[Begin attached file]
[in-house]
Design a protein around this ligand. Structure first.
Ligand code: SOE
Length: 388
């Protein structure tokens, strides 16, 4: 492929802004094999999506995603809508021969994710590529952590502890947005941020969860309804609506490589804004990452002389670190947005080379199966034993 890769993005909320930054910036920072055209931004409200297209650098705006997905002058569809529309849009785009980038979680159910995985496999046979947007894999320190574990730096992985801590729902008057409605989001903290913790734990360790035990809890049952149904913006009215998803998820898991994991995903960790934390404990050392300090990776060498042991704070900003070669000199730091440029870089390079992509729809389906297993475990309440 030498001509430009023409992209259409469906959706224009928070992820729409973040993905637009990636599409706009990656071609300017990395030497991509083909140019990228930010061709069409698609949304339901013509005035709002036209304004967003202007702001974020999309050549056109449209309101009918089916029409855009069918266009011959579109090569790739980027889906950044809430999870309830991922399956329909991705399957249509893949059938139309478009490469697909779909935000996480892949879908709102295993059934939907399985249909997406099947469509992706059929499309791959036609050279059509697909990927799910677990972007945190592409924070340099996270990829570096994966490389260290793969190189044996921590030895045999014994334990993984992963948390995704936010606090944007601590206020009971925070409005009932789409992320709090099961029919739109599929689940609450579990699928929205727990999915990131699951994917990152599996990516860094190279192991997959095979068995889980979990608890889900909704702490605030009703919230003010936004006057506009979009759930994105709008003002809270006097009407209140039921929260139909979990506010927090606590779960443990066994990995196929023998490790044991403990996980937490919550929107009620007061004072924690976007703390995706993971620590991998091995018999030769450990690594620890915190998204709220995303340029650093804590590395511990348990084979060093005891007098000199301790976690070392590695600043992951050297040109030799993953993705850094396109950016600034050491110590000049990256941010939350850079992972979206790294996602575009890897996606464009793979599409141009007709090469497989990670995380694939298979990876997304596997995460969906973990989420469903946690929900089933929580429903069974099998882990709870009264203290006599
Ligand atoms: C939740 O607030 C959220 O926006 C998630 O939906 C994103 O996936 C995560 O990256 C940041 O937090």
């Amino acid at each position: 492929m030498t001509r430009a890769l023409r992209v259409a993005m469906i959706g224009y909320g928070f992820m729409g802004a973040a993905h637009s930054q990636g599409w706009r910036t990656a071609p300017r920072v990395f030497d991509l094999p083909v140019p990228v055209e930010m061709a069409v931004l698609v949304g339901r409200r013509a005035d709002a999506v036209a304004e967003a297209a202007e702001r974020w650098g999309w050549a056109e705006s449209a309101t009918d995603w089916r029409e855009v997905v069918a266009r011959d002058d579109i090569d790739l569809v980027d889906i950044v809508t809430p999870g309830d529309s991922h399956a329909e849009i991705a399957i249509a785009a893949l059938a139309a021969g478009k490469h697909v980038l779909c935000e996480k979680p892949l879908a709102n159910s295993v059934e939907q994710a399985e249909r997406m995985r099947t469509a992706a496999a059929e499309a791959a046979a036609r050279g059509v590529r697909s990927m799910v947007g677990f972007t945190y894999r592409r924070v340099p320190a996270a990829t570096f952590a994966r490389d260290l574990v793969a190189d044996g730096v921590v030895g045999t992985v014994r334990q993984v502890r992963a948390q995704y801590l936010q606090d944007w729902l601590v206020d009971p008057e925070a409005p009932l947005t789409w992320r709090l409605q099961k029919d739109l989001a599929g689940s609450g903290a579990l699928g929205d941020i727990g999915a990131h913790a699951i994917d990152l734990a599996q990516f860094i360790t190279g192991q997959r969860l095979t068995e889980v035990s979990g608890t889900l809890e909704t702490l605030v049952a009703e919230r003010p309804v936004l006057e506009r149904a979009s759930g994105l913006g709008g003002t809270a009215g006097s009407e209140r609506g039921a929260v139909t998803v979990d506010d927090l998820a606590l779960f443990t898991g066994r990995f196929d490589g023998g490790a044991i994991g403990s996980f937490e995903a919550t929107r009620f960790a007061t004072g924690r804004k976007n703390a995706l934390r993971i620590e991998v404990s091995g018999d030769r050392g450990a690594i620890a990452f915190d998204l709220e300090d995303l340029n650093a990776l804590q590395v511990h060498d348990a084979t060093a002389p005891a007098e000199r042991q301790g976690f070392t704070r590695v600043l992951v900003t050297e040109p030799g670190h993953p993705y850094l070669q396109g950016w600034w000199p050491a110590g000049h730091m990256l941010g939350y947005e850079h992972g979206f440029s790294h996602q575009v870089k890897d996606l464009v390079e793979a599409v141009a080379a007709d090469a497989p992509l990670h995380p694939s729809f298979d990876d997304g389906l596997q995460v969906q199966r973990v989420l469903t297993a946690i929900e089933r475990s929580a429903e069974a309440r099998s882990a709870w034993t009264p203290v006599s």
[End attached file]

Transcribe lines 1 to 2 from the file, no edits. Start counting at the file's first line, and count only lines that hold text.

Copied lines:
[in-house]
Design a protein around this ligand. Structure first.